And here he is... Lich Lord Asphyxious, in all his terrible glory! His skull was basecoated with Rucksack Tan, washed with Armor Wash and then highlighted with Morrow White. 

So... that's him! I finally got him together and painted, after having the model hiding in my unpainted pile for a couple years waiting for me to become a better painter. I'm very happy with the outcome, and maybe one day I'll field him in a battle, or plague the players in my upcoming Iron Kingdoms Roleplaying Game campaign with him. Any miniatures that you're particularly proud of? Let me know below! And also consider visiting my Instagram profile. You'll find quite a few miniatures on there!

Sunday, January 5, 2014

All 'Jacked Up!

Magnetizing The Cygnar Avenger - Centurion - Hammersmith Warjack Kit!

By Randy

Hiya, folks! I some more miniature hobby stuff to talk about concerning one of my favorite games, Warmachine by Privateer Press. In a recent post I did on playing Warmachine on a budget, one thing that came up after a helpful comment by a reader was that using magnets to be able to quickly convert  one warjack or warbeast to another was one way to save money. I had been itching to try this for months! I finally got a warjack kit, and wanted to share my first attempt at building a model this way. So here's the model:

And here it is all laid out to show the parts:

This kit allows you to build three different warjacks: the Centurion (with spear & shield), the Hammersmith (with 2 matching hammers) and the Avenger (with a sword & a seimic cannon arm). So planning ahead, we primarily need to have the ability to swap out the arms. Each warjack also has a different head, and while this isn't necessary, we'll magnetize those, too. Finally, there are two sets of shoulder pads. It is perhaps completely frivolous, but I'll magnetize those, too.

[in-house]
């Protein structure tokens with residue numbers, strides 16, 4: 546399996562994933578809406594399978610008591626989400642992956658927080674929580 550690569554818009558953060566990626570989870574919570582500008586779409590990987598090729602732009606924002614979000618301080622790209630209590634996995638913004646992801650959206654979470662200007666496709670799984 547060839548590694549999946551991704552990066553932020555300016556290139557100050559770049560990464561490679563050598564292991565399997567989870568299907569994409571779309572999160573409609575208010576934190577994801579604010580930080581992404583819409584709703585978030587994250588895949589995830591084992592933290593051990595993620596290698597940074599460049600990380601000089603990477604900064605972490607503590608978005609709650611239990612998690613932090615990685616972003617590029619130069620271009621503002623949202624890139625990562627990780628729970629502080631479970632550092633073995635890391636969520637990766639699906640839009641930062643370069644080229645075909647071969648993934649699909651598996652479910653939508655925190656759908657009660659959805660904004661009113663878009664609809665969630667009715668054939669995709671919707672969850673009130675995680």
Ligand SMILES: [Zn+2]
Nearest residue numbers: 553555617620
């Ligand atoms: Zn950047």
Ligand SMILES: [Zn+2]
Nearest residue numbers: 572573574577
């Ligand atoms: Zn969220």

Here are my tools:

There shouldn't be anything surprising there. From left to right, we have magnets, brass rod, a file for removing mold lines, liquid green stuff, superglue, a pin vise/drill, an X-acto knife and tweezers. Not pictured is epoxy putty (I prefer ProCreate putty) and a Sharpie. Here are the magnets (3mm x 1mm neodymium):

The first step after planning is to drill holes for the magnets. Many model builders will already be doing a bit of this to add pins or brass rods to support heavier parts of models. What I am going to do here is make holes large enough to set in a magnet.

I used epoxy putty and superglue to set them in.

That one is the right arm. That one I pinned to the shoulder, since all the right arm does is hold a weapon in all the possible configurations. Here's one of the weapons (the sword for the Avenger). Each of the right arm weapons has the hand molded to them, and here is what an inset magnet looks like on one of them.

The left arm was a little more tricky. First of all, there are two separate arms: one is a cannon, and the other an arm like the right that has two different weapon combos (a hammer and a shield). The arm and shield combination is fairly heavy, and one magnet (at least of the size I have) will not suffice to hold the whole assembly. So here's what I did
I drilled a hole for a brass rod, and I set in one of the magnets slightly farther back. I tested positions for where to place them and this seemed the best.  Here are the two arms:

And here is wrist of the left forearm:

The red dot notes where the magnet is (it is covered by putty, which matches the grey of the plastic) and there is also a hole for a brass peg. And here are the shield and the hammer hands:

Each has an inset magnet on the top and a brass peg below. The hammer hand didn't really need it, but I figured it wouldn't hurt. And here is the finished kit, laid out in all its separate pieces:

And here are each of the warjacks it makes:

The Avenger!
The Centurion!

The Hammersmith!
Update! I made a brief YouTube video showing how this works together. The video isn't the greatest but it should give you an idea of how it works:

This was a fun kit to build! It will, of course, be painted and set on a finished base. But right now, my painting queue is pretty large. One observation I will share that you should note for your magnetized projects is that magnets have positive and negative sides, and your pieces will need to match up. I recommend using a Sharpie to place a dot on a magnet, and be sure to test before gluing. That's it!